did I blow my chances in this phone interview?

A reader writes:

I received an email on one of my job applications around 4:45pm. The HR Manager asked that I called back to her in regards to the position because she would like to “discuss the position and my qualifications.” As I applied through a generic job board, I had not left a phone number for her to call back.

I was at a very busy coffeeshop, but looking at the time-constraint in the evening, I called her back immediately anticipating that we would schedule an interview at the company sometime the next day.

The call did not go to the voicemail and she picked up the phone immediately. She asked me if I have time for a few question, which I said yes to. Minutes into the conversation, I realized she was giving me a full-blown interview, asking me questions like “Why do I like this industry?”, “When was the last time you turn a customer’s experience around?”

I was so taken back that my answers were less than impressive. Furthermore, everyone around me sitting at their laptops were looking and listening to me, causing me unnecessary stress by these personal questions.

I apologized and told her I was not prepared and not in the correct state of mind for the questions, suggesting that I would much prefer to meet face-to-face. She seemed very annoyed, saying “You were the one who called me” and “You said you have time for questions”. She also stressed that this was not an interview but only a few questions to know me better.

In the end she said she would take my call again the next day. Although I did the best I could for her questions, admitted mistake, learned from the experience yesterday and apologized repeatedly, I have a feeling she would not call back. When asked the time frame I would get a hear back, she said she could not tell, and there is a chance I won’t hear back at all.

I had read all about stress interviews – getting seated in a broken chair, pretending to be completely uninterested, etc. Yet, I feel that I should have a right to be prepared to better connect my strengths and ability to the job.

This struck me as a very bad experience. Any chances of recovery? Should I give up or avoid this company altogether?

I’d move on. It’s clear that there was a miscommunication here, but I can understand why she expected you to be ready to answer questions when you called her back; it sounds like she had asked you to call to talk about the position, not to schedule an in-person interview. (Many employers, myself included, do phone screens first and don’t want to spend time on an in-person interview until that initial screening has indicated it would be worth the time.)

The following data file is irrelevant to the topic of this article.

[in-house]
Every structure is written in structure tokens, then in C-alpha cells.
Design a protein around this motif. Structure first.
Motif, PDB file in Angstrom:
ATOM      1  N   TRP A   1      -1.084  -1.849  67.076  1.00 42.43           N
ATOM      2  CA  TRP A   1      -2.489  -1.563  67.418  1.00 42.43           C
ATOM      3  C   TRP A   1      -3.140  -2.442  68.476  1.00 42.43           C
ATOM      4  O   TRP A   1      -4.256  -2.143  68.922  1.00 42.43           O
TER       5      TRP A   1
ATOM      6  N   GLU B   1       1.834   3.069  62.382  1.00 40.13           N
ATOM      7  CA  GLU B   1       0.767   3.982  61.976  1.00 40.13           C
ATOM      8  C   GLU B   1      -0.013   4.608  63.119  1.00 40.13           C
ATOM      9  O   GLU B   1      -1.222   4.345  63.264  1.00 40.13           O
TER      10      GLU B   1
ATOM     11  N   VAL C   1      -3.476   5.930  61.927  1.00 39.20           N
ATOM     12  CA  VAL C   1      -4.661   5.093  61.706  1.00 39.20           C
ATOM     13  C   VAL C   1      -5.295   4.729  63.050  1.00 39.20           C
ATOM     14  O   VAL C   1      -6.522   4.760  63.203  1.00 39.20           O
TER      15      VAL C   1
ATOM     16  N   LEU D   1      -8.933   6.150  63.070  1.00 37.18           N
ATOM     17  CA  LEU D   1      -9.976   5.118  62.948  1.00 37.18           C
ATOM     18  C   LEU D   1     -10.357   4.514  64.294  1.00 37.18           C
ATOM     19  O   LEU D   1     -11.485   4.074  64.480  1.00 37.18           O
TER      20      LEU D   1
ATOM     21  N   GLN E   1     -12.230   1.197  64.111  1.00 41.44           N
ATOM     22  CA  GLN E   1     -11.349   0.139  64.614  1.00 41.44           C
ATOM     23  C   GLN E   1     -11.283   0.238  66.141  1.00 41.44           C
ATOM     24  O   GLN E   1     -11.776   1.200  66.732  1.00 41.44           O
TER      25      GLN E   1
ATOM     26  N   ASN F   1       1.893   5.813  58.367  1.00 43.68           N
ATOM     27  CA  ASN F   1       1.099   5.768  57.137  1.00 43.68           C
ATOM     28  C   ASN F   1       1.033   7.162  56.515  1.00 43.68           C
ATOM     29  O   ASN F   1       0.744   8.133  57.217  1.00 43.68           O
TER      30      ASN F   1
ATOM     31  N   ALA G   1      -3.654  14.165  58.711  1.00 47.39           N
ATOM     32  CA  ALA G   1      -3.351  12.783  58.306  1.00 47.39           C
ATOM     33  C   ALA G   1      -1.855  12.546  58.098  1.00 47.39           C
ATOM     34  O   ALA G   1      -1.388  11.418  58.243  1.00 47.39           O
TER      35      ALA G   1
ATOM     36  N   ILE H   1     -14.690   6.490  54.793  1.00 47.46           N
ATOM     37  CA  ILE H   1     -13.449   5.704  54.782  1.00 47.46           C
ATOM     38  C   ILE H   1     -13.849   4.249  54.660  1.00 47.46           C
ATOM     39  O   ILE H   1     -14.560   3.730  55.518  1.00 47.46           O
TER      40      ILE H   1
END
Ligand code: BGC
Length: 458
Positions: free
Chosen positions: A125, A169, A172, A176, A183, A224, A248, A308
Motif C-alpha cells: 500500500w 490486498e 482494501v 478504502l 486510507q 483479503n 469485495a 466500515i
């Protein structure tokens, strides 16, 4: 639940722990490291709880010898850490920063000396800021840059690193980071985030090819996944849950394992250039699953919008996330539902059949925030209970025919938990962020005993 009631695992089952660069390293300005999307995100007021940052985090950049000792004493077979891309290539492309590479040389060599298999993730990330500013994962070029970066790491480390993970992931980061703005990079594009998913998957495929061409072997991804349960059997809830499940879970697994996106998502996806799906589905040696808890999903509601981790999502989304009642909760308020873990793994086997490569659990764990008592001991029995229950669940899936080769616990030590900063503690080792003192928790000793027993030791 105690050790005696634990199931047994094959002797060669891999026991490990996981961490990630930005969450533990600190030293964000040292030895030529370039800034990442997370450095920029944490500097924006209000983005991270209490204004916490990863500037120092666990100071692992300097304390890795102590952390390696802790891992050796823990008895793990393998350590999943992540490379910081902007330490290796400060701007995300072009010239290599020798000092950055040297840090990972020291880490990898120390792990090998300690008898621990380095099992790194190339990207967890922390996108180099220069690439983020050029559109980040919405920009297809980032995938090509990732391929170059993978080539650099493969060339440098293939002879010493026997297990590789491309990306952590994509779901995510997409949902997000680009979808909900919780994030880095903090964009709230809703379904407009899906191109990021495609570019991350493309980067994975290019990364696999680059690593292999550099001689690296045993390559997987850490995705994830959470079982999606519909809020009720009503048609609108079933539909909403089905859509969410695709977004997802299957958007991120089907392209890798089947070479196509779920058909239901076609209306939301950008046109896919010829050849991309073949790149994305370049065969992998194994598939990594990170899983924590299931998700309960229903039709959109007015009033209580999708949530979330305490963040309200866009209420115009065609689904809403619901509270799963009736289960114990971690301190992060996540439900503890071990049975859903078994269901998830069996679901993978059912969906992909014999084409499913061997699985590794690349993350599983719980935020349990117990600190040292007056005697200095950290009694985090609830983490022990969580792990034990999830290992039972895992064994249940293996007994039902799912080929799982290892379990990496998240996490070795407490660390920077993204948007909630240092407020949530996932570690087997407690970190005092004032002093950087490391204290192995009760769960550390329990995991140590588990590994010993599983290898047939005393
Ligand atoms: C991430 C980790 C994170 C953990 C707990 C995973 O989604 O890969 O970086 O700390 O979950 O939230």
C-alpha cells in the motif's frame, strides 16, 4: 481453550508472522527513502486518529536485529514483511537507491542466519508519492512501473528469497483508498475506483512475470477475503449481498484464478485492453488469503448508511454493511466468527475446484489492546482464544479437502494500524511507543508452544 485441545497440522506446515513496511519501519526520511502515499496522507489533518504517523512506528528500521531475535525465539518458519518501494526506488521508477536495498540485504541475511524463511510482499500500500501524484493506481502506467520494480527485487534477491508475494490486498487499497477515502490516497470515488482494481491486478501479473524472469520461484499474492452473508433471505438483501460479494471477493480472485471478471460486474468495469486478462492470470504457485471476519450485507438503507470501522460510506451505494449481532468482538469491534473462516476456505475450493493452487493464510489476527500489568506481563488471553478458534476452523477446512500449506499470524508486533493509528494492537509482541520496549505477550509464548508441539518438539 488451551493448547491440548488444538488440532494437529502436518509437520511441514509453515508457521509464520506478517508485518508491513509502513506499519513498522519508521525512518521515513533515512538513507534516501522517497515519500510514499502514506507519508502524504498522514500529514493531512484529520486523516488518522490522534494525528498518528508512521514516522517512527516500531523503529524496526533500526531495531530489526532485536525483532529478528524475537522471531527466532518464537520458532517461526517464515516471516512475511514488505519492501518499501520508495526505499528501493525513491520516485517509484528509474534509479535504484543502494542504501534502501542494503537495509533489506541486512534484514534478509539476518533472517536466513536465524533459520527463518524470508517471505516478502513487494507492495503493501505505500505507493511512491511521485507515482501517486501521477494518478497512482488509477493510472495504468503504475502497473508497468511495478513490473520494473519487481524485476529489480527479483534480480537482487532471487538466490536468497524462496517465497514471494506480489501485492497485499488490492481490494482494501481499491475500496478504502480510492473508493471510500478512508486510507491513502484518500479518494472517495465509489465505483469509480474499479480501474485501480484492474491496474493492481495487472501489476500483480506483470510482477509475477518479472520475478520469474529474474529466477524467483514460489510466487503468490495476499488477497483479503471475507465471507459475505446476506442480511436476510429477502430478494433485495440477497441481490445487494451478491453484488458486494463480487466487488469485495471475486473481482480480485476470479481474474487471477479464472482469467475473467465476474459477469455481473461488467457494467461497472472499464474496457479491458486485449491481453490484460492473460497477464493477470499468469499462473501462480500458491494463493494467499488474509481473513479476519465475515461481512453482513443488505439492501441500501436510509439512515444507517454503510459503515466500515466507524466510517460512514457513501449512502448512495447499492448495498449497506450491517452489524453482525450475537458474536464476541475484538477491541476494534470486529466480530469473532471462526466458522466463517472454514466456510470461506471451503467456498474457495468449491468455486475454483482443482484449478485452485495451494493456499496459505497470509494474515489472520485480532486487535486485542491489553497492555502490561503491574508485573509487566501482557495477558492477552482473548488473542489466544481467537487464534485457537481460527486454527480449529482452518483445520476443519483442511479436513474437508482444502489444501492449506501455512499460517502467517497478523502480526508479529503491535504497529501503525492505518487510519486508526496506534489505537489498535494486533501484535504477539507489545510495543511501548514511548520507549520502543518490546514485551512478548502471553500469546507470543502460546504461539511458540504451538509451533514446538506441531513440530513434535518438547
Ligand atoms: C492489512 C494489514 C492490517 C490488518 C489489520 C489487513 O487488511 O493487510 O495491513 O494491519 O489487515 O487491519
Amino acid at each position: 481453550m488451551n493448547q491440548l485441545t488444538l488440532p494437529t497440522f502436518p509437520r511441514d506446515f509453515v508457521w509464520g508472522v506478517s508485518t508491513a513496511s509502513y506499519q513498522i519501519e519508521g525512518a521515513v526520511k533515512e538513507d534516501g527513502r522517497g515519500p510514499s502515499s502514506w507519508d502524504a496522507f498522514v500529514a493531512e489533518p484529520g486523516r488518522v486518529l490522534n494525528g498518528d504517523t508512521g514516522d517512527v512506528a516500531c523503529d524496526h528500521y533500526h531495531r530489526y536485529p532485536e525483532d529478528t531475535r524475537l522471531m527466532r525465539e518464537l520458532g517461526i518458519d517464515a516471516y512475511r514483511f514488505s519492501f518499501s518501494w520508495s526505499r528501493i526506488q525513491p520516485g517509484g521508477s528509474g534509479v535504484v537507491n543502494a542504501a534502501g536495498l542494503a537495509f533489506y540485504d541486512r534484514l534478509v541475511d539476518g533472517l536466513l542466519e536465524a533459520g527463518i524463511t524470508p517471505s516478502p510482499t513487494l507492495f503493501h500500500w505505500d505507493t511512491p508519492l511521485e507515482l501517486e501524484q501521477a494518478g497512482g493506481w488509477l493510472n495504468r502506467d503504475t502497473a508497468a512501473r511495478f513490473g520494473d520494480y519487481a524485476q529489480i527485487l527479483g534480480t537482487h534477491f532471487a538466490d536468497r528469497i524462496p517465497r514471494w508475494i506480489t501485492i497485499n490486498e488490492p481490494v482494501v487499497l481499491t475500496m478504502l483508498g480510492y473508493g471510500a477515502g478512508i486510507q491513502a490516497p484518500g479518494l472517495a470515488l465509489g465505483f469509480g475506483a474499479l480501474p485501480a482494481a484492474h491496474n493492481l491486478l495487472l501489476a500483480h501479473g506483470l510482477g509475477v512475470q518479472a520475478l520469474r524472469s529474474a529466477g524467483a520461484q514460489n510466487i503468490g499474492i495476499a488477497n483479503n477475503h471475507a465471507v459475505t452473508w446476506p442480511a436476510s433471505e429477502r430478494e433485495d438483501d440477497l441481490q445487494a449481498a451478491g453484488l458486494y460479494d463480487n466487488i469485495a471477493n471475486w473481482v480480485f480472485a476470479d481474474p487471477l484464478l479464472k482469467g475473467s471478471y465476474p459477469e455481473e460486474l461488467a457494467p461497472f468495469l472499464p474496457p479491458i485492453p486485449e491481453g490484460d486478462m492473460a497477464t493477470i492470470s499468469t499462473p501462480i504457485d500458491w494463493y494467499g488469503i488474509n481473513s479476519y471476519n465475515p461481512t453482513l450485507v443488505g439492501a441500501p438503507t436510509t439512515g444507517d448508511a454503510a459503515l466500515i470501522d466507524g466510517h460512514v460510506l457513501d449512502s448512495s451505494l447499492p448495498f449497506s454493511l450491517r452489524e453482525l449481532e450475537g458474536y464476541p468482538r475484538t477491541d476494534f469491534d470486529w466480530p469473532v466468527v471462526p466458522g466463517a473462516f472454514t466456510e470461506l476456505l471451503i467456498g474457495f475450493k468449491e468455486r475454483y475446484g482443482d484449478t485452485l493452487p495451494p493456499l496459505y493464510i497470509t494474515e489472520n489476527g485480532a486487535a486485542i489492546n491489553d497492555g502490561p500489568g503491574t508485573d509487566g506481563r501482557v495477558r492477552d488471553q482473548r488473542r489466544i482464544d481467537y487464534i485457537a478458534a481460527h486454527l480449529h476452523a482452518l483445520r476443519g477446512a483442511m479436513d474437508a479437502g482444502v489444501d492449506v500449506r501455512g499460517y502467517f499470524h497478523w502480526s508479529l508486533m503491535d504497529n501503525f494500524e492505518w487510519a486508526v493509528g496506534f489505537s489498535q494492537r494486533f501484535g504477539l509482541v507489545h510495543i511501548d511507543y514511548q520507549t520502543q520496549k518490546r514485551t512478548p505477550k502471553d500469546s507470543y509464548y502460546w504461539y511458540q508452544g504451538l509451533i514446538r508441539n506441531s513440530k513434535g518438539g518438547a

I don’t think this was a stress interview (although it clearly ended up having that effect, unintentionally!). Rather, she assumed that if you were returning the call, you were prepared to talk. At that point, the best thing to do — if you didn’t feel you could proceed with the phone interview — would have been to apologize and say that you had misunderstood, thought that she was calling to schedule an interview, and that you weren’t currently somewhere where you could talk for long.

You said you feel that you “should have a right to be prepared to better connect your strengths and ability to the job.” In hiring, you don’t really have a right to anything, other than to not be subjected to illegal discrimination. Aside from that, employers can be as fair or unfair as they want (assuming they’re non-union, non-government). But in this case, I don’t even think that you even confronted unfairness — just a misunderstanding. And as I’ve written before, little things necessarily take on disproportionate importance during these screenings, because the employer has so little information to go on.

The best thing you can do here is to move on with a better understanding of how to handle this in the future. Good luck!

{ 17 comments… read them below }

  1. Anonymous*

    This seems like a great cautionary tale about when and where to make important phone calls, and our gut reaction in this mobile-enabled world to "respond right away" without qualification.

  2. De Minimis*

    Yikes, reminds me of something that happened to me years ago. I was responding to a newspaper ad by phone only to have the person begin to interview me. Of course I was unprepared and the person ended the interview after a few questions.

    That type of situation is not as common these days due to the Internet, but I always try to be prepared on those rare occasions where I'm calling about a job. It would probably pay to have some kind of plan or outline ready just in case what you think will be a quick phone call to set up a meeting ends up being the meeting itself.

  3. Anonymous*

    I would need to see the email to really see what message I'd get if I received such an email. The line the OP quoted out of it does give a sense that the employer wanted to talk right then and there. However, I have had employers call to set up a face-to-face interview using that phrase while leaving a voicemail. But usually the employer will say "I like to set up an interview with you to discuss your qualifications…" Did the employer say the word "interview" at all in this email?

  4. Anonymous*

    I agree with most of AAM's response, except this one:

    "In hiring, you don't really have a right to anything, other than to not be subjected to illegal discrimination."

    Even if were only talking about employment law, employers do have more obligations than just not discriminating.

    Beyond just legalities, AAM's blog entries (as well as the 'about' page) have always espoused setting a higher standard for employer conduct, so I'm perplexed by the sudden about-face.

  5. Anonymous*

    Anon #3

    I agree. When I read that, I felt like giving up in this "real world" of working. It seems to me, not just reading here at times, but with certain things I deal with in my job, that the employer can get away with a ton of stuff while the employee can't misunderstand or make a mistake (or in this case, interviewee). It surely seems that the employer can't be inconvienced but definitely not the employee.

  6. Ask a Manager*

    Are you guys really saying that you think the employer should be obligated to interview anyone who thinks it's only fair that they get an interview?

  7. fposte*